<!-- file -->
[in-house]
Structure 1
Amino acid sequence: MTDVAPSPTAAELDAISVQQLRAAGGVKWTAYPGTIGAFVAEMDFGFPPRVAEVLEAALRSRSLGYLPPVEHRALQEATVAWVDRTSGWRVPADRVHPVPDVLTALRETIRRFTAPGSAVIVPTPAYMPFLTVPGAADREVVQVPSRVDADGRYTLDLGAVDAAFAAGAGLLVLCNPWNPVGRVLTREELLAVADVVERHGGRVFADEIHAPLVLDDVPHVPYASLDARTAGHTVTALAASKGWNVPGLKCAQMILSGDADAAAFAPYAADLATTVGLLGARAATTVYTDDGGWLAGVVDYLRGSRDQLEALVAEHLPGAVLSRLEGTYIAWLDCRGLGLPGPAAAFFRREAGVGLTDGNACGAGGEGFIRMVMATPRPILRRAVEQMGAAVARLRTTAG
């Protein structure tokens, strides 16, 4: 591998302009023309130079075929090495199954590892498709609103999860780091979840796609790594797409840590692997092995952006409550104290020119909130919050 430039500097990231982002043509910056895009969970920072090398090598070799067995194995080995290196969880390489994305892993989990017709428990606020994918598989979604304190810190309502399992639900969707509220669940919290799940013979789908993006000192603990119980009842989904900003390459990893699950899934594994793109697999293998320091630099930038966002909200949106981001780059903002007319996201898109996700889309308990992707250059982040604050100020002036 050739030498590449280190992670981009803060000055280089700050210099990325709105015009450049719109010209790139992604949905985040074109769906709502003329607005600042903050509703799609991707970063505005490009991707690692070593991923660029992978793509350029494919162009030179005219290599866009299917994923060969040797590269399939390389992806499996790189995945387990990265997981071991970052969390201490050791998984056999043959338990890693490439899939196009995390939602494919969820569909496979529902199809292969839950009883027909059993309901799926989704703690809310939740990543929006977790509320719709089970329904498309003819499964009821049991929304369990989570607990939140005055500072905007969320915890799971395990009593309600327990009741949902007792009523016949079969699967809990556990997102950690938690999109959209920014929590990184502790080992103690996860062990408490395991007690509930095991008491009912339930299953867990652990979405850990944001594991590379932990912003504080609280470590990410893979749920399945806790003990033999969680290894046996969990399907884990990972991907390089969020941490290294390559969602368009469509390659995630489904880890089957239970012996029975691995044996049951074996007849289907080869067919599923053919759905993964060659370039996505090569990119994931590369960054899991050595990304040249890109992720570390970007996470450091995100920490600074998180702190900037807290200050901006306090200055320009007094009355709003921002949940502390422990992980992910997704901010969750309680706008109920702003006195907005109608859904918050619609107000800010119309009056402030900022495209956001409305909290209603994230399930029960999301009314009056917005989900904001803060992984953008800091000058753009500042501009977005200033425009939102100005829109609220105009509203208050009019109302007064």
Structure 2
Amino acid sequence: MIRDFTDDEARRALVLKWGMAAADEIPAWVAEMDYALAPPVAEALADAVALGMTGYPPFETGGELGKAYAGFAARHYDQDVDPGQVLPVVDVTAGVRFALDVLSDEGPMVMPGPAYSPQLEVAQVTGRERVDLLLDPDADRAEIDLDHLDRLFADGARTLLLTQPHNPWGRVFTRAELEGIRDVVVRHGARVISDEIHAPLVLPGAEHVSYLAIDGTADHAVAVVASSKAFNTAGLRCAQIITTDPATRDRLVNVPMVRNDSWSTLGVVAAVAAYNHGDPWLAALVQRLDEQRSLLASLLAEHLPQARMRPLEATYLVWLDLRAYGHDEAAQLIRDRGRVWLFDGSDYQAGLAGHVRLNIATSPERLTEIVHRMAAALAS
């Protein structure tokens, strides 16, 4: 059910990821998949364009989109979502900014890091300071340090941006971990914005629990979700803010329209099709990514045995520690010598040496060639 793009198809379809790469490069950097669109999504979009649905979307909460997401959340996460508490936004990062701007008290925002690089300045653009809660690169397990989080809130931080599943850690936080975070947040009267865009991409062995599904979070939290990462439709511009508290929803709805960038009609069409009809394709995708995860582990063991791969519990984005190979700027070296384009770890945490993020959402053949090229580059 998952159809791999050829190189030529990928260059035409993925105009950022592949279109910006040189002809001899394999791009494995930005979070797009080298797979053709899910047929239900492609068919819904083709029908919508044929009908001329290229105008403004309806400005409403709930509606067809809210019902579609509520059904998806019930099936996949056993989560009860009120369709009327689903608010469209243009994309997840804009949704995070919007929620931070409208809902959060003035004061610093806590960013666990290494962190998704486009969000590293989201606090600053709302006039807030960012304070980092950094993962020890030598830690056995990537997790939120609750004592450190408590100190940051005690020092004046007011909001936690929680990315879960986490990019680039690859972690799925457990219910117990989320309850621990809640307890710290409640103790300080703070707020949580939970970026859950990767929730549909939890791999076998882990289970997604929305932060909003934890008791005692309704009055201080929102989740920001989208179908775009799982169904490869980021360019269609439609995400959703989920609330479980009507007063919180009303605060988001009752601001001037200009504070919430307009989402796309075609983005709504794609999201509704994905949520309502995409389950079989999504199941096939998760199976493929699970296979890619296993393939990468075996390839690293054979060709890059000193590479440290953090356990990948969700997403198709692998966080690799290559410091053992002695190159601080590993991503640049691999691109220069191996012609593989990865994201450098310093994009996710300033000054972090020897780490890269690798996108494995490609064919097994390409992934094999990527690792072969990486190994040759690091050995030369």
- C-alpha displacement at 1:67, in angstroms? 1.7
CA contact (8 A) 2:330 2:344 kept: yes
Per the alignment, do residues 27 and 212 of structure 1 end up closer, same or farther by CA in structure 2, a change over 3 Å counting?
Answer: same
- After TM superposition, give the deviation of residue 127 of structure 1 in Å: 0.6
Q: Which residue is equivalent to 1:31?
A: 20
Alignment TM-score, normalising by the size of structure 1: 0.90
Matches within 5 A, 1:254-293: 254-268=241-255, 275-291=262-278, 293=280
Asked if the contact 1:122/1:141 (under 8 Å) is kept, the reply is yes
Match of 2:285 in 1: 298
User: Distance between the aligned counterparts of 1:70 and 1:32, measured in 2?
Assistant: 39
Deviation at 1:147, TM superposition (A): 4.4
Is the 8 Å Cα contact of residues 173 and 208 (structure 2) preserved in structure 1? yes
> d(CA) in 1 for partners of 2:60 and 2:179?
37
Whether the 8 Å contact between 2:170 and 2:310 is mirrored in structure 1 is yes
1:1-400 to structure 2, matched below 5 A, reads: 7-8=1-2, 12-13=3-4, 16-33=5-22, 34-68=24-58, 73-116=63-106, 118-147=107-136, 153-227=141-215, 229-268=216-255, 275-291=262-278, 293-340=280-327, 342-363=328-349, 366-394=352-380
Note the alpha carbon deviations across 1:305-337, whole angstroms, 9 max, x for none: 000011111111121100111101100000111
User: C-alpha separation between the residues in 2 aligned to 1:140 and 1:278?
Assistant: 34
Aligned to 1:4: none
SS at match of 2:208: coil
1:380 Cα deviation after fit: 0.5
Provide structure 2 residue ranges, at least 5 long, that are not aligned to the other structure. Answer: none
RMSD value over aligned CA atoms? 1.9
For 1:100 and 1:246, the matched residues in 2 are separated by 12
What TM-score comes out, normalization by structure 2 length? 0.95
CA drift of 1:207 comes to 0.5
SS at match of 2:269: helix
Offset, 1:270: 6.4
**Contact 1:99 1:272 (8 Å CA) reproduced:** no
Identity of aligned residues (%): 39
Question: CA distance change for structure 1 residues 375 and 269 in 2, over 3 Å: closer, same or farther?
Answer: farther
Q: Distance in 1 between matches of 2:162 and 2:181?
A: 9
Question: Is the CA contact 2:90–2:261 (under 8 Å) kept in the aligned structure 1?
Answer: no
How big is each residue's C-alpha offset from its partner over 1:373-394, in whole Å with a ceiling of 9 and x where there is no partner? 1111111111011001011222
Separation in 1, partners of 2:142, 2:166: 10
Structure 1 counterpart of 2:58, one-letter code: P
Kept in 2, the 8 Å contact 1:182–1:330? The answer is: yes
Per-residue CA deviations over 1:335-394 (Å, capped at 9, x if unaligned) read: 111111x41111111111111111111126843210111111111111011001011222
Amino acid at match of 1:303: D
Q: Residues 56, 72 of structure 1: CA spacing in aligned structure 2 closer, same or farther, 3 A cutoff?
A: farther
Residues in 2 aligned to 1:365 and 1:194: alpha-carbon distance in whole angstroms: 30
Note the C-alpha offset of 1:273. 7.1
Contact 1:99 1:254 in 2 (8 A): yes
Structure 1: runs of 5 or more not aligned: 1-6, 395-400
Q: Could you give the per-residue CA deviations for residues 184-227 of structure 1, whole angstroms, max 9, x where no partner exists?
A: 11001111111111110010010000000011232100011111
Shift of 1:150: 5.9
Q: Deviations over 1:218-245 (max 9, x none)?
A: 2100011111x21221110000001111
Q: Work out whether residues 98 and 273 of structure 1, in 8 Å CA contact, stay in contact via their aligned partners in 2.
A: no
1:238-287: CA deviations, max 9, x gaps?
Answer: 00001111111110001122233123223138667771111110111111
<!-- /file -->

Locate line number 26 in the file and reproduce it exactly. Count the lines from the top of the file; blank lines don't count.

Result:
1:1-400 to structure 2, matched below 5 A, reads: 7-8=1-2, 12-13=3-4, 16-33=5-22, 34-68=24-58, 73-116=63-106, 118-147=107-136, 153-227=141-215, 229-268=216-255, 275-291=262-278, 293-340=280-327, 342-363=328-349, 366-394=352-380